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About this Case

As mineral exploration and development continues to expand throughout Canada’s northern regions, mining firms are increasingly in direct contact with traditional Aboriginal landholders. In many cases mineral development may be accepted, and even welcomed, by would-be impacted communities if they are consulted in a meaningful way and respected as partners – sharing in the costs and benefits of development. However, mining firms have taken many different approaches to community relations and have therefore experienced a range of outcomes; some successful, while others have resulted in conflict and halted projects. In northern Ontario, this range of approaches to community relations is best exemplified by the contrasting cases of the failed attempts by Platinex Inc. to explore and develop a mine on the traditional lands of the Kitchenuhmaykoosib Inninuwug (K.I.) First Nation and the successful efforts of De Beers Canada to develop the Victor diamond mine on the overlapping traditional lands of four First Nations.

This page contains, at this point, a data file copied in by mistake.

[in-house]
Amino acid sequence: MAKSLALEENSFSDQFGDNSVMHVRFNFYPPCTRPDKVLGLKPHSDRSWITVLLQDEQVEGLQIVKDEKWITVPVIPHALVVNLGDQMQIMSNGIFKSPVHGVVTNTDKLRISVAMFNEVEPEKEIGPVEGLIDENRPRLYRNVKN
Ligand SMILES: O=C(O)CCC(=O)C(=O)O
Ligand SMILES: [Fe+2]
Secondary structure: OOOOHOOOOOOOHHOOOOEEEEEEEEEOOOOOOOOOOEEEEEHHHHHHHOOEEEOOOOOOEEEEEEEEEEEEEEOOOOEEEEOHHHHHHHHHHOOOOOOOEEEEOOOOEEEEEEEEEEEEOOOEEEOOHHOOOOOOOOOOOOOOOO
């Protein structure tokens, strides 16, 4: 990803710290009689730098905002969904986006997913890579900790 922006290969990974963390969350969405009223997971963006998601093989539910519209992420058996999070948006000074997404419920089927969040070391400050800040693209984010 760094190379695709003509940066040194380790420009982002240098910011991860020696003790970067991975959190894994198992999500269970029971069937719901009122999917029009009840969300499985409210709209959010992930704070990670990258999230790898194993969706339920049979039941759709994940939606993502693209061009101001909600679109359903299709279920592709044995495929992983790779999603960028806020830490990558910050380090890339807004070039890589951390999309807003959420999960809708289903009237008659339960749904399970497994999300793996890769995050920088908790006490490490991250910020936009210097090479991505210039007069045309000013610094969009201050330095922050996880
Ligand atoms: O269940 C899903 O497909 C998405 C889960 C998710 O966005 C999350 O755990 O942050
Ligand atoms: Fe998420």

Drawing upon three years of research in northern Aboriginal communities and insights from key informant interviews, these contrasting case studies highlight key challenges that are often caused by mining firms’ limited understanding of local context in their approach to consultation and in developing and maintaining positive relationships with Aboriginal communities. By contrasting the failed attempts of Platinex with the relatively successful efforts of De Beers, it is hoped that the cases presented herein will generate thoughtful discussion and further analysis of the range of complex issues surrounding mineral development on traditional Aboriginal territory.

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